Tomorrow I’m heading to the Nonprofit Technology Conference (NTC) in San Francisco with several colleagues from Cisco’s Corporate Social Responsibility (CSR) team.
You may be wondering, “What does a global corporation have to do with nonprofits?” I worked in the nonprofit field for ten years before I joined Cisco, so I can answer: Everything.
We are still in a down economy. Individual donors are able to give less, and governments have been forced to cut social programs. Businesses, especially technology ones, are often innovative, entrepreneurial, and run by people who think giving back to society is important.
For organizations struggling to solve the world’s biggest problems today, corporate involvement is essential.
More and more nonprofits are building relationships with companies that don’t just provide financial and product support, but help them market their services, increase awareness, and attract supporters to their cause.
Take, for example, the partnership between the blockbuster Hunger Games movie and two nonprofits–World Food Programme (WFP) and Feeding America–to inform people that hunger is a pervasive but solvable problem.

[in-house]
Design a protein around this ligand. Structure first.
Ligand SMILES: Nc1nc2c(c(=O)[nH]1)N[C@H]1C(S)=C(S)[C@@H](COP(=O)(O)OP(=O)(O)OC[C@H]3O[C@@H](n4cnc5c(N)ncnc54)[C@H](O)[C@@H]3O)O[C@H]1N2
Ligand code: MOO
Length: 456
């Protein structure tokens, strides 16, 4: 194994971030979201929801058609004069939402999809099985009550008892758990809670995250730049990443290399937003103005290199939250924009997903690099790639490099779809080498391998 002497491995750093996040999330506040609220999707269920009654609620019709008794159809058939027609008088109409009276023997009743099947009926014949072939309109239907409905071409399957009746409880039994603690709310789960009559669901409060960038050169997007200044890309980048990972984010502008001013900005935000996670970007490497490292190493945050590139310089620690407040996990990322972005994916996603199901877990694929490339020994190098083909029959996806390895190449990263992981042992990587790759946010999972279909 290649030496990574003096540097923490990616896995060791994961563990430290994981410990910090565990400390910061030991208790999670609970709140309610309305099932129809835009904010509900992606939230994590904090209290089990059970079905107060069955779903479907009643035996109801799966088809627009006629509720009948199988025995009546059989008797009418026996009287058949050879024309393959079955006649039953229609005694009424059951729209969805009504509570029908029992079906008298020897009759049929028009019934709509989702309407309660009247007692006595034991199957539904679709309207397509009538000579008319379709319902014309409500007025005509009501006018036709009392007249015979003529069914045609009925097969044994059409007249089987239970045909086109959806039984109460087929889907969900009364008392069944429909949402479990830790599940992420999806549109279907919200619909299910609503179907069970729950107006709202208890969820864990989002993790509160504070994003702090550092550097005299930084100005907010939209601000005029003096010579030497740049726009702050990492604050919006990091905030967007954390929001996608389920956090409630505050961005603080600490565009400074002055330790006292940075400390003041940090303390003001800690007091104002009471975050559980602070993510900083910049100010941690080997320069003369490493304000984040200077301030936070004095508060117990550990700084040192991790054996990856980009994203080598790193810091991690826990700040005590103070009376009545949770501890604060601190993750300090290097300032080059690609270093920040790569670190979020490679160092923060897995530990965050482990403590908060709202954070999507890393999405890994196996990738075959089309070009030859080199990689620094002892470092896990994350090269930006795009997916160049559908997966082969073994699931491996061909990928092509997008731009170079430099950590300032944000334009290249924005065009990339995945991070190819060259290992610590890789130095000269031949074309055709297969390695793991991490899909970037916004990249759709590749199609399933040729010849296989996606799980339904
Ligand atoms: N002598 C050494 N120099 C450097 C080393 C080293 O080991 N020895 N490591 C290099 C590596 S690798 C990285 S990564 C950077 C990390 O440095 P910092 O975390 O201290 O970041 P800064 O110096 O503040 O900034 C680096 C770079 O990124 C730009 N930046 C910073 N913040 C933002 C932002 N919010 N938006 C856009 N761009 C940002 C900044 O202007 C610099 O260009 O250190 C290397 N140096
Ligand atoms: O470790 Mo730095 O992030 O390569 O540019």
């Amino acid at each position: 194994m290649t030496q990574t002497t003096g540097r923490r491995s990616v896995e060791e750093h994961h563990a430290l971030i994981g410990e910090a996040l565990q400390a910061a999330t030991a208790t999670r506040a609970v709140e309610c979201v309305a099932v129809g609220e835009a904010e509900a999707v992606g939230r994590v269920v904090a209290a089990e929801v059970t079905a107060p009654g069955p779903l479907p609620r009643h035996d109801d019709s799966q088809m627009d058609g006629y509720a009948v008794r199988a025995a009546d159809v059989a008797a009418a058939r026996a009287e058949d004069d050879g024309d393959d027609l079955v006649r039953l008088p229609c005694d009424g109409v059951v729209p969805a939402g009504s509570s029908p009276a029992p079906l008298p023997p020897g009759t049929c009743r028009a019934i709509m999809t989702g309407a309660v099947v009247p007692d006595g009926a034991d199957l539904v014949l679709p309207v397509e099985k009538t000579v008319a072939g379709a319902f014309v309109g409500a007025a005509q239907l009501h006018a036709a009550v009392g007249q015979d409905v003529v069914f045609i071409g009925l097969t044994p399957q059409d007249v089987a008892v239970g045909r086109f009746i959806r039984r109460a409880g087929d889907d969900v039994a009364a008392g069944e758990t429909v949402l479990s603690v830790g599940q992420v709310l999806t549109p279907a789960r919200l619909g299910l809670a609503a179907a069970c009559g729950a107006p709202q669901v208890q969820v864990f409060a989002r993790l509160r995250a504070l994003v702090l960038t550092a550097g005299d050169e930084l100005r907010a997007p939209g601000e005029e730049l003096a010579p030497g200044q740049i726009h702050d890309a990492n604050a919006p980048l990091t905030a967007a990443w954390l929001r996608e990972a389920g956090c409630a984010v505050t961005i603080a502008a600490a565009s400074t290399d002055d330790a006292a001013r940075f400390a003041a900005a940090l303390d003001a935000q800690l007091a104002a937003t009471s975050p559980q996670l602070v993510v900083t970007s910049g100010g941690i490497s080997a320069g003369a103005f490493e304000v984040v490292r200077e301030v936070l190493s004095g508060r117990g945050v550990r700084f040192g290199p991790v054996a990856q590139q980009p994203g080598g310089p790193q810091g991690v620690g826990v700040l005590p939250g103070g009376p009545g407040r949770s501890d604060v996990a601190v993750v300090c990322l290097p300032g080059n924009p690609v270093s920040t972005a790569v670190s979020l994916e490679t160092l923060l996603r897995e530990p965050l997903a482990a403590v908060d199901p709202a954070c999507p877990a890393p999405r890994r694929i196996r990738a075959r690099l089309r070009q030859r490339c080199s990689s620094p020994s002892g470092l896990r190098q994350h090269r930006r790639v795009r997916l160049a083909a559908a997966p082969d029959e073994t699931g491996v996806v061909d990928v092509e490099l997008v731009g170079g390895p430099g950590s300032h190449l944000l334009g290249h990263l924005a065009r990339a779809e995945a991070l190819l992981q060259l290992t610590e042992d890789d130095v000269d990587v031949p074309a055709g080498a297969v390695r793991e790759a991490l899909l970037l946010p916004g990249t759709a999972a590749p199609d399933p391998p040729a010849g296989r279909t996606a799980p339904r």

More than 130,000 people–most likely young people who didn’t have “end world hunger” on their to-do lists–have viewed an educational video featuring the film’s stars. From there, they could take a quiz to learn surprising facts about world hunger and/or donate $5 to WFP and Feeding America via text message.
At Cisco, we look for ways to support nonprofits with our expertise in networking technology. In fact, we have awarded nearly US$1.5 million to Feeding America to help the organization consolidate and streamline its technology systems so its network of 200 food banks can save money and feed more hungry people. You can learn about one of these initiatives in the following video:
And, by contributing 2,500 high-definition digital video cameras and use of our TelePresence video conferencing solution, we helped WFP raise awareness of and donations for its school lunch program through the Molly’s World video series.
We are going to the Nonprofit Technology Conference this week to look for more opportunities like these. We want to meet nonprofit leaders who share our vision of using technology to improve lives and build thriving communities–who believe, as we do, that combining technology networks with human networks of compassionate and committed people can change the world.
If you are attending the Nonprofit Technology Conference, please visit Cisco CSR at booth #26 at the Science Fair between 3 and 8 p.m. on Tuesday, April 3.